When Thea Bowman was nine years old and attending Holy Child Jesus School, in Canton, Mississippi, she received permission from her Methodist parents to become a Catholic. The influences in her young life were, besides her mother and father (who later became Catholics), her teachers, the Franciscan Sisters of Perpetual Adoration, and her pastors, Missionary Servants of the Most Holy Trinity. After high school, Thea entered that Franciscan order. As Sister Thea, she went on to earn master and doctoral degrees in English, and to teach on the college and university levels. Described by those who knew her best as having a brilliant mind, a beautiful voice, and a dynamic personality, Sister Thea went on to inspire the Church with the grace and evangelical energy of her joyous Black Catholic faith. She died in 1990, fifty-two years old. In 2018, the U.S. Bishops opened her cause for canonization, declaring her “Servant of God.”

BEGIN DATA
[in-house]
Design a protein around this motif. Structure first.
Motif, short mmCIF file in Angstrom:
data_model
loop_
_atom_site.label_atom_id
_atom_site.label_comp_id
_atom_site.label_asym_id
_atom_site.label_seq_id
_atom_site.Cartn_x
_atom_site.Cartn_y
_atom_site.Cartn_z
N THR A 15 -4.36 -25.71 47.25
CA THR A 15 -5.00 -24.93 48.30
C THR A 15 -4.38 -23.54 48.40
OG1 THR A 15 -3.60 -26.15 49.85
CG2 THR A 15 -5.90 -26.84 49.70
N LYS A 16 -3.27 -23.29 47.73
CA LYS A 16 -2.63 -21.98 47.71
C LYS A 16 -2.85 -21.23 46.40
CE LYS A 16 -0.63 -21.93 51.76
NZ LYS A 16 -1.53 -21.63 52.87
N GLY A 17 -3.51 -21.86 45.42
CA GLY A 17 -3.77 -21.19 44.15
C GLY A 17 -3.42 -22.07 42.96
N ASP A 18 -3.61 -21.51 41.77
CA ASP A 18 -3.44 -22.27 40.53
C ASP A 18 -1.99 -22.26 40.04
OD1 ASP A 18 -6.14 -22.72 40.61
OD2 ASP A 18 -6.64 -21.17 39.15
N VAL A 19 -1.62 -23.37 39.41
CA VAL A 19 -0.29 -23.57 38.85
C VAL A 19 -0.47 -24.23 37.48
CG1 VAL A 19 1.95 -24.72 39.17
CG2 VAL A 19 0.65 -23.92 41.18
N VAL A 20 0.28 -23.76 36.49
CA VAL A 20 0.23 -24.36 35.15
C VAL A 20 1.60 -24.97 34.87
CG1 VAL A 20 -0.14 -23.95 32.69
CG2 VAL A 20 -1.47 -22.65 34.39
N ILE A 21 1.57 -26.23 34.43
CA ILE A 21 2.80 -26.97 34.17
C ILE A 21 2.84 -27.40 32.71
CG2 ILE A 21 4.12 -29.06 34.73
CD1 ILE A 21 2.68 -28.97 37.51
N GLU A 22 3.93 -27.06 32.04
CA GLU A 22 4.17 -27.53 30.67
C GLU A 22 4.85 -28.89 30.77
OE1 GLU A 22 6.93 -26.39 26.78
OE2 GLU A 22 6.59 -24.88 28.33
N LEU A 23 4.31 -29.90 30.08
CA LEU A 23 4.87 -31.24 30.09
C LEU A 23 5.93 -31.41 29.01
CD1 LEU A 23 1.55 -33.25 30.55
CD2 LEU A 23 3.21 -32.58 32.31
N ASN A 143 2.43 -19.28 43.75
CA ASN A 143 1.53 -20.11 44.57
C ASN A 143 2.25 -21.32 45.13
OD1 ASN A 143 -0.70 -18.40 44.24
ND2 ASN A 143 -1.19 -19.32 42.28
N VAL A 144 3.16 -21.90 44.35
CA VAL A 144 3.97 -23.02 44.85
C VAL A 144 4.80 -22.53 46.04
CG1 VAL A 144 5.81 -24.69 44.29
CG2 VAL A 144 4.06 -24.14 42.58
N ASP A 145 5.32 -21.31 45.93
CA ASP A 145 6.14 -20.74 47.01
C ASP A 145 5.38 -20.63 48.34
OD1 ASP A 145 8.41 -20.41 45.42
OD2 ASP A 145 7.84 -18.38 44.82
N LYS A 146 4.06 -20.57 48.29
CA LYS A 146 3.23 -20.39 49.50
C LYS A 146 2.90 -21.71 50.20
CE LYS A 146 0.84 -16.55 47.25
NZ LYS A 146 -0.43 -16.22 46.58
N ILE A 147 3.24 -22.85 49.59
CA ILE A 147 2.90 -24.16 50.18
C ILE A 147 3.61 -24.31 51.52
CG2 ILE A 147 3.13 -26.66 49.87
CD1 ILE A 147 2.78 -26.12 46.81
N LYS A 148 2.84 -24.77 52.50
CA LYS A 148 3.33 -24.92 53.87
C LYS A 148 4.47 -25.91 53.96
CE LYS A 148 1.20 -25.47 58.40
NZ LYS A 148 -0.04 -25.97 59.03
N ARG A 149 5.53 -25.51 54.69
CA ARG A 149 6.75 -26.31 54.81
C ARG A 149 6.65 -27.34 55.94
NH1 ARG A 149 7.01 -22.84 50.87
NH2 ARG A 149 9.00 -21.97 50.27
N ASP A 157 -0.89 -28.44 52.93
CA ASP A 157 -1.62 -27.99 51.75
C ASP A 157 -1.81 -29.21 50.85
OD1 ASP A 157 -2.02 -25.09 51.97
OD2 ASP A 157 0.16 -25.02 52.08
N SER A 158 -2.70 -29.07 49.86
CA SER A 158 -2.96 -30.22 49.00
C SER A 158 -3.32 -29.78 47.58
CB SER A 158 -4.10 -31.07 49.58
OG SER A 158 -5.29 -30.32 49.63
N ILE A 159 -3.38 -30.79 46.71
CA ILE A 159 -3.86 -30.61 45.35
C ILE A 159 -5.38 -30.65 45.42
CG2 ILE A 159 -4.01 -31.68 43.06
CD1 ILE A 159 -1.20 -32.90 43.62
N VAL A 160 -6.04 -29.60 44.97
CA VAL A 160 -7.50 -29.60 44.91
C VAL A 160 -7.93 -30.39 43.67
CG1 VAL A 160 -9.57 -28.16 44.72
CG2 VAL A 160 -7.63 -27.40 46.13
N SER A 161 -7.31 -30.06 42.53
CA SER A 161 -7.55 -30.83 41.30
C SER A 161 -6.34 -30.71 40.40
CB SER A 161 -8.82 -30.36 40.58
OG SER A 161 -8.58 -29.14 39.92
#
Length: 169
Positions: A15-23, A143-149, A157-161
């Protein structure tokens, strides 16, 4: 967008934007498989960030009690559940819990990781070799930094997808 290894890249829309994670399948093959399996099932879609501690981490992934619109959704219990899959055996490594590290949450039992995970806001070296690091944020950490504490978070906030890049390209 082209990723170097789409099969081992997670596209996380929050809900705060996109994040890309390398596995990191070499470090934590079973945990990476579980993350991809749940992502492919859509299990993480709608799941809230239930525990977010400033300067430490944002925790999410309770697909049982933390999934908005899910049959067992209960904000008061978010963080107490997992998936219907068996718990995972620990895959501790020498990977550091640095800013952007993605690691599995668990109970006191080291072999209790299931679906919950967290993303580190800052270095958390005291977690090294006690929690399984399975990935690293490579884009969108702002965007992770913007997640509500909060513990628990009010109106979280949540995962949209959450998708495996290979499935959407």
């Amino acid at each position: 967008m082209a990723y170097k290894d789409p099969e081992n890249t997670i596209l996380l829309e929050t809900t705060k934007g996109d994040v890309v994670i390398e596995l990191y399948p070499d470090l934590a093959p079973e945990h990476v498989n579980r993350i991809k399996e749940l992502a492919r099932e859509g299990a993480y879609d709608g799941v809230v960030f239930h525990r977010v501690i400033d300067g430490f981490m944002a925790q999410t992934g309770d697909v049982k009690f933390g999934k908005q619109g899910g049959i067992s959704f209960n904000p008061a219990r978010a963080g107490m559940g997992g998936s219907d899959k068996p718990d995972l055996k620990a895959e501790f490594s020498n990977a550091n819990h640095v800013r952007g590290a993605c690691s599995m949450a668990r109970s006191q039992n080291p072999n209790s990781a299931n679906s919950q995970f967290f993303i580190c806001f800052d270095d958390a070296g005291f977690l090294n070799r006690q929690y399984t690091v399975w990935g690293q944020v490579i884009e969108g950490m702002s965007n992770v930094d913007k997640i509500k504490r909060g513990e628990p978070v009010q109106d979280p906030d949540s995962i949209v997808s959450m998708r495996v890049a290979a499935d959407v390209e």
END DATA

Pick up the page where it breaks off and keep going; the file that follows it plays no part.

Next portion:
Fr. Michael K. Barth, S.T.